Brexit: May meets EU leaders as UK minister hints at delay

British minister suggests PM could announce extension of Article 50 process

British PM Theresa May was filmed playing pool against with her Italian counterpart Giuseppe Conte during a break from the EU Arab League Summit in Sharm el-Sheikh, Egypt over the weekend. Video: Reuters


British prime minister Theresa May is holding meetings with European leaders at a summit in Egypt as attempts to resolve the Brexit impasse continue.

Mrs May has admitted she will not get a new Brexit proposal in time for MPs to hold a “meaningful vote” this week, amid warnings time is running out for an agreement before Britain leaves the European Union.

On Sunday she delayed the vote until March 12th, 17 days before Britain is to leave the EU, as her ministers threatened to take control of the exit timetable.

Taoiseach Leo Varadkar said: “For the European Union, that doesn’t change anything.” Speaking at the EU-Arab League summit in the Egyptian resort of Sharm el-Sheikh, he added: “It doesn’t change anything from Ireland’s point of view either.”

Mrs May held talks with German Chancellor Angela Merkel as the two leaders attended the summit in Egypt.

Mrs May and her German counterpart met over breakfast on the fringes of the gathering at Sharm el Sheikh on Monday.

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Mrs May also met Dutch prime minister Mark Rutte for Brexit-related talks on the fringes of the EU-Arab League summit. Mrs May is holding meetings with a number of EU leaders, including Mr Varadkar, on the final day of the summit.

Former Irish ambassador to the UK, Italy and the EU Bobby McDonagh said Mrs May is going to “run down the clock” in terms of the UK’s departure from the EU.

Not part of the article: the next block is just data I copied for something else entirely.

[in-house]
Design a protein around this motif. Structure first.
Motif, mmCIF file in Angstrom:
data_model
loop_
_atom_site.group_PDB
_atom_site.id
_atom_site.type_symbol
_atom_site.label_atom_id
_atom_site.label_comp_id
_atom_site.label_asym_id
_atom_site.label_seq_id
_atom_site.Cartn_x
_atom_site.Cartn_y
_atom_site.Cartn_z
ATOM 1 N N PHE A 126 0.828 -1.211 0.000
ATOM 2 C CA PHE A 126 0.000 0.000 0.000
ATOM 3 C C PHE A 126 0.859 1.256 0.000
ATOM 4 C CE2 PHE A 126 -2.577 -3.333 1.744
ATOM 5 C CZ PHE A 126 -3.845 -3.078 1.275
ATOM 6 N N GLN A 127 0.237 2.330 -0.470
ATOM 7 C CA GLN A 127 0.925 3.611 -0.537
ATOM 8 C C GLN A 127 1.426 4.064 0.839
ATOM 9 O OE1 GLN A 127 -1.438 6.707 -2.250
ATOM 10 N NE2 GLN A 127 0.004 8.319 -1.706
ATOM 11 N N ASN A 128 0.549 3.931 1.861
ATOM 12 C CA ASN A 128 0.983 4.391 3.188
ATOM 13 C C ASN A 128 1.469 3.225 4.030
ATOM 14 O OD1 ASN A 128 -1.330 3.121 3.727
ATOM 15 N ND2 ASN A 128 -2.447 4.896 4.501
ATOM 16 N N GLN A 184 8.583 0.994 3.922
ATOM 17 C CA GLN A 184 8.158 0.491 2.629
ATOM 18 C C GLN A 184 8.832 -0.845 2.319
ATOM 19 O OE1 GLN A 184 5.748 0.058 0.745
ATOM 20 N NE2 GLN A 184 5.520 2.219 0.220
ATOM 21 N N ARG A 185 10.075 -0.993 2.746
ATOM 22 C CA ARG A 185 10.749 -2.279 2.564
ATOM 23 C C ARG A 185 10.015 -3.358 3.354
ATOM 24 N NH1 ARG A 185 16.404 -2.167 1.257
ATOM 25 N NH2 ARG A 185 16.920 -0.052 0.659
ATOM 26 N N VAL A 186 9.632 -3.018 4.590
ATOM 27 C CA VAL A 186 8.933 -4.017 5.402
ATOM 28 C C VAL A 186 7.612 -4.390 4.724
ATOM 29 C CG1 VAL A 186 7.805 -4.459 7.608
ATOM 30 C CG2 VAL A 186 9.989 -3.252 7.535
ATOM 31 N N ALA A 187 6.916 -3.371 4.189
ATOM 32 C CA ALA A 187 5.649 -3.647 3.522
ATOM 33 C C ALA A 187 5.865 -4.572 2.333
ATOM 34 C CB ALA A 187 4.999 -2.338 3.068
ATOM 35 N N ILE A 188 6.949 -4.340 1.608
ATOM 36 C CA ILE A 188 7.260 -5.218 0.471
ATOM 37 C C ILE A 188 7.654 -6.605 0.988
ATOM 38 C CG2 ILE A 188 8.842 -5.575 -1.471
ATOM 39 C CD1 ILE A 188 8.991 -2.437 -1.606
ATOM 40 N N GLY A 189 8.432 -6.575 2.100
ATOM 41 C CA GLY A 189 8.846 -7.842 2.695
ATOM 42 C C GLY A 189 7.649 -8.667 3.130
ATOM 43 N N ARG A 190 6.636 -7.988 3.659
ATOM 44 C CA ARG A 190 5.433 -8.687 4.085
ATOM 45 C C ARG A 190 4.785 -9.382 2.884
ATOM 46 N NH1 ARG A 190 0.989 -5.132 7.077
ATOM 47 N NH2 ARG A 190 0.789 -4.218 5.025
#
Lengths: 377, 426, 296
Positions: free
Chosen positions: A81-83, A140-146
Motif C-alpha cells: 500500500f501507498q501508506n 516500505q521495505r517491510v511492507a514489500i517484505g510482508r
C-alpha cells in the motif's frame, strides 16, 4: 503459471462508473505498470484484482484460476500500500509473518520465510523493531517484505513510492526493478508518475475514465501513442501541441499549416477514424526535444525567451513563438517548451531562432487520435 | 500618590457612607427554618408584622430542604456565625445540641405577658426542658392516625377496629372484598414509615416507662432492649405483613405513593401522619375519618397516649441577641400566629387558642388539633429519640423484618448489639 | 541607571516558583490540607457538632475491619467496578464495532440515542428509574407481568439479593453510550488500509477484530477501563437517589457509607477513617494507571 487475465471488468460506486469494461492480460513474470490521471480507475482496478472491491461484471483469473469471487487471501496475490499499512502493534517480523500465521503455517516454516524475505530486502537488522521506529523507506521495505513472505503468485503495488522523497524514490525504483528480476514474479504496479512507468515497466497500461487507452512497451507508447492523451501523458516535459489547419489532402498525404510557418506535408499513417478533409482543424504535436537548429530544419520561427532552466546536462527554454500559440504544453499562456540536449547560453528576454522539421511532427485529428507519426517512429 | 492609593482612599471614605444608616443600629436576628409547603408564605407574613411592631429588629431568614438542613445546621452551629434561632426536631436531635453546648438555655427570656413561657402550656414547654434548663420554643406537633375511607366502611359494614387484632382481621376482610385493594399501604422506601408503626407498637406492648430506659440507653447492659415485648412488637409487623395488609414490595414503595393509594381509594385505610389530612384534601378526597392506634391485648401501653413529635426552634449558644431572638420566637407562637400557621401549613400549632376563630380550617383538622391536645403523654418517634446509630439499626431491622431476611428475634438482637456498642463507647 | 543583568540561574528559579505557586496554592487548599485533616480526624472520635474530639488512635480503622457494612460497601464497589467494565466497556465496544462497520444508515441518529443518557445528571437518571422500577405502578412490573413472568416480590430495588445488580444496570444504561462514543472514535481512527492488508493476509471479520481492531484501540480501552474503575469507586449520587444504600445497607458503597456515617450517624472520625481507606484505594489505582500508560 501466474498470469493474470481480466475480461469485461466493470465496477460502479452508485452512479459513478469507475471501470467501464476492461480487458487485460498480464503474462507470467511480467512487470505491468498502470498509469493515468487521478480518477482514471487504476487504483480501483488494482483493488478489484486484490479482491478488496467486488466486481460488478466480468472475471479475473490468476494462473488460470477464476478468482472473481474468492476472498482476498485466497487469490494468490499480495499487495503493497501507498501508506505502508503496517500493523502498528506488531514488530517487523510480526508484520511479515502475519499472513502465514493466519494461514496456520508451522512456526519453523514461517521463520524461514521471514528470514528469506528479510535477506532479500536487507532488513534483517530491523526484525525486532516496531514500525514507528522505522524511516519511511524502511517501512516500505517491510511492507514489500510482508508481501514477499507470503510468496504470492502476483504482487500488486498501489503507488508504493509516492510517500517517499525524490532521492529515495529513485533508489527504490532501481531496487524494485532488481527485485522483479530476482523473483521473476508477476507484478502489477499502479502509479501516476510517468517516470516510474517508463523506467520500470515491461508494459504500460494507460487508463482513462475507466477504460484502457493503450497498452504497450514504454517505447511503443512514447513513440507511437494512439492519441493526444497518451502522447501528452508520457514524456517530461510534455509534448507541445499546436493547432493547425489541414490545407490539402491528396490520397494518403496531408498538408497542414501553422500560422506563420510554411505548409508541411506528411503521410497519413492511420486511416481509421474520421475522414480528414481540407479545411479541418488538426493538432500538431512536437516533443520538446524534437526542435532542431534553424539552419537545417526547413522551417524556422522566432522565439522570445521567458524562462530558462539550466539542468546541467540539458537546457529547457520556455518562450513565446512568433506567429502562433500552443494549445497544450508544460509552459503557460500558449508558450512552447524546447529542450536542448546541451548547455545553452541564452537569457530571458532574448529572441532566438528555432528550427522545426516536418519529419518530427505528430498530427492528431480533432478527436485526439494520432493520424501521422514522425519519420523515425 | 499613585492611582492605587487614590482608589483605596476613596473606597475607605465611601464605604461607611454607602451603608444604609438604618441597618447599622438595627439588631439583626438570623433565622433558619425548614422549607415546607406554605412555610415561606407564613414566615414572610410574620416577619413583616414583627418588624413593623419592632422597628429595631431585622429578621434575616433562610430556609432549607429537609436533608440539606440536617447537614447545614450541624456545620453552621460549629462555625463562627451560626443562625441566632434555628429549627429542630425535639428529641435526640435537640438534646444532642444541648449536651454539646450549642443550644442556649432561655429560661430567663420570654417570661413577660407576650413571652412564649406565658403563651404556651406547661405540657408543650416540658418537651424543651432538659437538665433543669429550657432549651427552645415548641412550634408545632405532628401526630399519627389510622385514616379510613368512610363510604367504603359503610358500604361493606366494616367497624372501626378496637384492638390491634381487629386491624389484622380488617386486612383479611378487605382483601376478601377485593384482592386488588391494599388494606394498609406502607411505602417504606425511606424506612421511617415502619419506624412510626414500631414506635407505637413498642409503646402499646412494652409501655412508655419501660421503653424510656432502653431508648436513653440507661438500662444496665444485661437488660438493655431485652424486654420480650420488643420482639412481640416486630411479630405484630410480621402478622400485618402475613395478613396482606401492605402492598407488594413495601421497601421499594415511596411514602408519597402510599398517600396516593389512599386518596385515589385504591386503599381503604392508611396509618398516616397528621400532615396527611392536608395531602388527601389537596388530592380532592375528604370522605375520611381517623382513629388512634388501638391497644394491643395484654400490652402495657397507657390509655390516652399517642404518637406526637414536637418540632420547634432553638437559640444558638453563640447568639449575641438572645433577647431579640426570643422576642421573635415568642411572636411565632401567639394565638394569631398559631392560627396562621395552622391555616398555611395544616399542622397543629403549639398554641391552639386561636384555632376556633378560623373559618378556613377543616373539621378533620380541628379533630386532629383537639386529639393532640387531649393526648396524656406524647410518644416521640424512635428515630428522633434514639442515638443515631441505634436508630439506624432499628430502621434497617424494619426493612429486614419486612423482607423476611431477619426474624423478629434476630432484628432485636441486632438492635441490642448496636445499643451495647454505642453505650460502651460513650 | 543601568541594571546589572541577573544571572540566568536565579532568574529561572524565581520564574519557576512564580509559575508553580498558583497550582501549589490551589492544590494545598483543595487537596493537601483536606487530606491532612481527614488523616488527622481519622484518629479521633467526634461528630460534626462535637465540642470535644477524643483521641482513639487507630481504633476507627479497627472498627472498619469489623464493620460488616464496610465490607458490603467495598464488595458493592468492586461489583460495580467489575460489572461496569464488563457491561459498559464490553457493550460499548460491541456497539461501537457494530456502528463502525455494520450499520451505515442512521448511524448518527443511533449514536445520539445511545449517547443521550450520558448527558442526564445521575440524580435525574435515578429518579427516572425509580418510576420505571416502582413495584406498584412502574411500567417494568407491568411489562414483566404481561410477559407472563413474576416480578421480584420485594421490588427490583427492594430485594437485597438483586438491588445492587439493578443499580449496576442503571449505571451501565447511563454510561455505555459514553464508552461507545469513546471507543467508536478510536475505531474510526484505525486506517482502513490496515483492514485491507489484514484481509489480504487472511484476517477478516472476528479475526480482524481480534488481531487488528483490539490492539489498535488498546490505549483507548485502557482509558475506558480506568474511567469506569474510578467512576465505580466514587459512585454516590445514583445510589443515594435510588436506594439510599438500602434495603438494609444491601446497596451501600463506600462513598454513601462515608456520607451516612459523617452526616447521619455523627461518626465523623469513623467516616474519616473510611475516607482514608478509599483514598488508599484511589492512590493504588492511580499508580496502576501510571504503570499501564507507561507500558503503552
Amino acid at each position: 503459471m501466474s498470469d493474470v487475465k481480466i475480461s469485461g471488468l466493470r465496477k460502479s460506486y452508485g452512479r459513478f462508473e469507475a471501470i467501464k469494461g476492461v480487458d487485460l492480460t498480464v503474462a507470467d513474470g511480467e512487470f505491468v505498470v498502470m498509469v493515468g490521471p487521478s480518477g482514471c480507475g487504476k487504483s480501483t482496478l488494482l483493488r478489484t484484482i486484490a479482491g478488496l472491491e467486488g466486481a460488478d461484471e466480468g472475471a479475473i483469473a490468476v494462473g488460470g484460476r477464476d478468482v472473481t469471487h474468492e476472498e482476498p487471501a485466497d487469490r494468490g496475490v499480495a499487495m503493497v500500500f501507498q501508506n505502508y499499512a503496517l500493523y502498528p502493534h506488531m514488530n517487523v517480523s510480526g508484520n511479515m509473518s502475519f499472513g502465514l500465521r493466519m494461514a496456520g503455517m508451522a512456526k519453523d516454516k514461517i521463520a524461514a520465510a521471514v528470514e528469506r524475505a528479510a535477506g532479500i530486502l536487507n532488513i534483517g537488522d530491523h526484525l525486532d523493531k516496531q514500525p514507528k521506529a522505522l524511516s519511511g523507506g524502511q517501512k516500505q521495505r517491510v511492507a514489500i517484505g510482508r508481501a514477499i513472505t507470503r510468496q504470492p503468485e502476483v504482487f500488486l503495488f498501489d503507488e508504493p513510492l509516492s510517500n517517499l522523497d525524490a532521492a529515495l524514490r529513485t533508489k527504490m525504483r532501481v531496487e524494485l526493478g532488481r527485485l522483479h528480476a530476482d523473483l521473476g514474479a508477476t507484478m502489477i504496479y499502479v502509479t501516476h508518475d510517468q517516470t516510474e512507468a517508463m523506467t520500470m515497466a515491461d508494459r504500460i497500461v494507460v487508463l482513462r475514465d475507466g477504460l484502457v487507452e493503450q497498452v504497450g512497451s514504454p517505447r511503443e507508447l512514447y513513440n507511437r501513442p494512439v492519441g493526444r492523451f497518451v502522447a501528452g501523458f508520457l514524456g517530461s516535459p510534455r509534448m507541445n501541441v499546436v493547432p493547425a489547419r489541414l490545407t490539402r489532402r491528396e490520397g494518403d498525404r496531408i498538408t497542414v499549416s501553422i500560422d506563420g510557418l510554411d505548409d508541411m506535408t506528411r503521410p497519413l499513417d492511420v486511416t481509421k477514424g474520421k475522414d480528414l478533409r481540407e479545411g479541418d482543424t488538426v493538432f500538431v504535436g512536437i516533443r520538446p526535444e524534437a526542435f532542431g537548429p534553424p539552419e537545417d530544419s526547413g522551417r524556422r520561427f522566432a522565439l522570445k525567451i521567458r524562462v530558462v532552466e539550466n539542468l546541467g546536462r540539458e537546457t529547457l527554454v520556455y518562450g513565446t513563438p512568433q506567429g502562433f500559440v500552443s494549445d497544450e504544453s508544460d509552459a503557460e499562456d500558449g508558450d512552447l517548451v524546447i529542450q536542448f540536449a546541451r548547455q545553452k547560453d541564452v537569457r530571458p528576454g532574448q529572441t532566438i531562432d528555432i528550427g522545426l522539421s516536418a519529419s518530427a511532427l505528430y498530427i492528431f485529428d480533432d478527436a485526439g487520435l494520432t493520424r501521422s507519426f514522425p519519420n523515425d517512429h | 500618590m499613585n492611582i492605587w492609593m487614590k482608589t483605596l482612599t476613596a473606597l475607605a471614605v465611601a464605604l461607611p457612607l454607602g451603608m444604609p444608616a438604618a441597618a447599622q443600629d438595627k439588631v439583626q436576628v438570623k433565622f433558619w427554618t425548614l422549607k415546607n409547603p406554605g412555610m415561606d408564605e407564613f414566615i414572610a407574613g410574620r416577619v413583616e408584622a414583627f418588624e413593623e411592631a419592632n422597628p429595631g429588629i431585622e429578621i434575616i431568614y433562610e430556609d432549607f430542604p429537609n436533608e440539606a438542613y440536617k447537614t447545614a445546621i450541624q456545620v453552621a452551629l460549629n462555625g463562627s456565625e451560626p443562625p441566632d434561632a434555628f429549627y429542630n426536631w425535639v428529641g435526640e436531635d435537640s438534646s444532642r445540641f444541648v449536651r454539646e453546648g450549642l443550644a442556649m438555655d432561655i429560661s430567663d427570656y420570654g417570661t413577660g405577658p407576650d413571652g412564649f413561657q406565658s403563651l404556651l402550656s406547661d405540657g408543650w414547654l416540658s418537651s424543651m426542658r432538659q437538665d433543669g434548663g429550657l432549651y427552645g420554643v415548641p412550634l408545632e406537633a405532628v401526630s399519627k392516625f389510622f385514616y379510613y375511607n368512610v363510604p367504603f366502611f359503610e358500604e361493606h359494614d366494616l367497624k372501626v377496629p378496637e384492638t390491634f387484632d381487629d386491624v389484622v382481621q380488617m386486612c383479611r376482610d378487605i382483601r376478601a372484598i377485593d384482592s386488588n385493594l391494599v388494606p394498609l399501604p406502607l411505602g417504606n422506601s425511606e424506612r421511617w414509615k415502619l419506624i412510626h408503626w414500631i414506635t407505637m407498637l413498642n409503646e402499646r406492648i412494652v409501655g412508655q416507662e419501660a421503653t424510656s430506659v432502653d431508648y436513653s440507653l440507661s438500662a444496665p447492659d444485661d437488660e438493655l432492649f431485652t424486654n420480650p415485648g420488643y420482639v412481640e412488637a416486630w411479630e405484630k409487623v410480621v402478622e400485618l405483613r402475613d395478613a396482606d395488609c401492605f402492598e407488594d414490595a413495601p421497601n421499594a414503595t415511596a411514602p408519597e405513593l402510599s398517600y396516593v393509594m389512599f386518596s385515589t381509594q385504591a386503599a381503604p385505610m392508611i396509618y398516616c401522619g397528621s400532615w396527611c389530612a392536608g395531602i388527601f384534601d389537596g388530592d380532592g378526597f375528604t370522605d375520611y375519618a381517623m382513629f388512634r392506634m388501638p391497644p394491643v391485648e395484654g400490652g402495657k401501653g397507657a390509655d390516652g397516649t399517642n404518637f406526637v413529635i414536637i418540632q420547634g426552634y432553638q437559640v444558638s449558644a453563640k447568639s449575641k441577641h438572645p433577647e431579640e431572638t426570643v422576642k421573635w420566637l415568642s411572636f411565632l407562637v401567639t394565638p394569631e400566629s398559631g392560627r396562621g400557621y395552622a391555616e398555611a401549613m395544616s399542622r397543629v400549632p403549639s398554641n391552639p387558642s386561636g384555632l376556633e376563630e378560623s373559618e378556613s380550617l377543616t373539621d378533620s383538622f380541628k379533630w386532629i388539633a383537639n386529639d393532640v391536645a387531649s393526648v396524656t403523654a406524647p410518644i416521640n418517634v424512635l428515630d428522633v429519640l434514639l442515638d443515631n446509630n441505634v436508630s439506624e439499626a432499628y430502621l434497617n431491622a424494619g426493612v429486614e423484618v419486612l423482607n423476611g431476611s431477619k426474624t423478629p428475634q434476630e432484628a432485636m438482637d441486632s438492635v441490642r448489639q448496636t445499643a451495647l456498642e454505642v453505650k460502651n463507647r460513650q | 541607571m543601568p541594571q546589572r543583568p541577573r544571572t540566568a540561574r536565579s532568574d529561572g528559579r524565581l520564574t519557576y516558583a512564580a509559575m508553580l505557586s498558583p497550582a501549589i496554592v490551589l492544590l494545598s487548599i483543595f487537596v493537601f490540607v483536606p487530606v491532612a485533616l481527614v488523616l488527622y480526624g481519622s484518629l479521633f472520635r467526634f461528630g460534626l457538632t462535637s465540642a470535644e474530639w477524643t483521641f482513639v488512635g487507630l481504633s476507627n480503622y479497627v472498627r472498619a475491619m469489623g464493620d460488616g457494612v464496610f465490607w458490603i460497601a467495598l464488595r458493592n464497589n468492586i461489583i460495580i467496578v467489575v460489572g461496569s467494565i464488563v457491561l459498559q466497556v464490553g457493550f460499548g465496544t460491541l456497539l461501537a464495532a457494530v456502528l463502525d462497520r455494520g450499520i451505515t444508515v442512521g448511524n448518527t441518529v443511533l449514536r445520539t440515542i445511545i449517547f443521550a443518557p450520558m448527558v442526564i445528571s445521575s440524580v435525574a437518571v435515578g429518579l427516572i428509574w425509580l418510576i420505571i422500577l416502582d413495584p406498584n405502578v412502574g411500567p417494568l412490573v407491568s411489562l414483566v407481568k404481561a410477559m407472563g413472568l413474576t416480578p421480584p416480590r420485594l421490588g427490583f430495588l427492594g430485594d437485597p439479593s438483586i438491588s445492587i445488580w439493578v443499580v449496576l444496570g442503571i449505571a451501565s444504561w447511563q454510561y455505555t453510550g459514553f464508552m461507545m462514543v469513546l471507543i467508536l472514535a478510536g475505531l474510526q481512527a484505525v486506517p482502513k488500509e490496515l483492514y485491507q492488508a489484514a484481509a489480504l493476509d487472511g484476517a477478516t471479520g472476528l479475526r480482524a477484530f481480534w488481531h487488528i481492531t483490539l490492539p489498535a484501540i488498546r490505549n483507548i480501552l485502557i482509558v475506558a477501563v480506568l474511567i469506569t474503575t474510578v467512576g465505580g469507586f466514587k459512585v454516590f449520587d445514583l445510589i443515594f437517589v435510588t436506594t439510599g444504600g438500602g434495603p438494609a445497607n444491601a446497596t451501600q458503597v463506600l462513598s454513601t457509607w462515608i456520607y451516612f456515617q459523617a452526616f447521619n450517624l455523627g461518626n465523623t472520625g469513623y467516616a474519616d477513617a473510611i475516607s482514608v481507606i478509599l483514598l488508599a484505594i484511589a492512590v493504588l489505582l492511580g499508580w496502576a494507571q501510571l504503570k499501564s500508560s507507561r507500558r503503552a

He told Newstalk Breakfast that “the ball is very much in the British court at this stage. I think her game plan is very clear.”

Brexit-backing Conservative MP Owen Paterson said there would be “very wide support in parliament” for a Brexit agreement providing legally-binding assurances that the UK and EU will work together following March 29 to find technological arrangements to keep the Irish border open.

“There is real progress going on behind the scenes,” Mr Paterson told BBC Radio 4’s Today programme. “We have come up with proposals for the Irish border which Steve Barclay has put to the commission and he is going to set up a taskforce of EU officials and UK officials.

Labour MP Yvette Cooper said the Brexit amendment she hopes to secure on Wednesday would allow parliament to tell the prime minister to seek an extension to the negotiation process but leave it in the Government’s hands to decide how long it should be.


She told BBC Radio 4’s Today programme: “The Government doesn’t feel to me to be behaving like a responsible government at all at the moment. The idea that we could be only a few weeks from Brexit and we still don’t know what kind of Brexit we are going to have and we’re not even going to have a vote on it until two weeks before that final deadline.

British defence minister Tobias Ellwood suggested there was a possibility of Theresa May herself announcing an extension of the two-year Article 50 negotiation process beyond March 29th.

Mr Ellwood told Today: “The prime minister is listening and is recognising the fact that we have tried very, very hard in order to secure a deal.”

Asked if she could announce an Article 50 extension after her return from talks with other EU leaders in Egypt, he said: “You need to wait and hear what she has to say when she gets back.

British education secretary Damian Hinds told BBC Radio 4’s Today programme that the withdrawal agreement was a “good deal”, but it was necessary to deal with “legitimate concerns” about the backstop proposals before bringing it back to parliament. – PA


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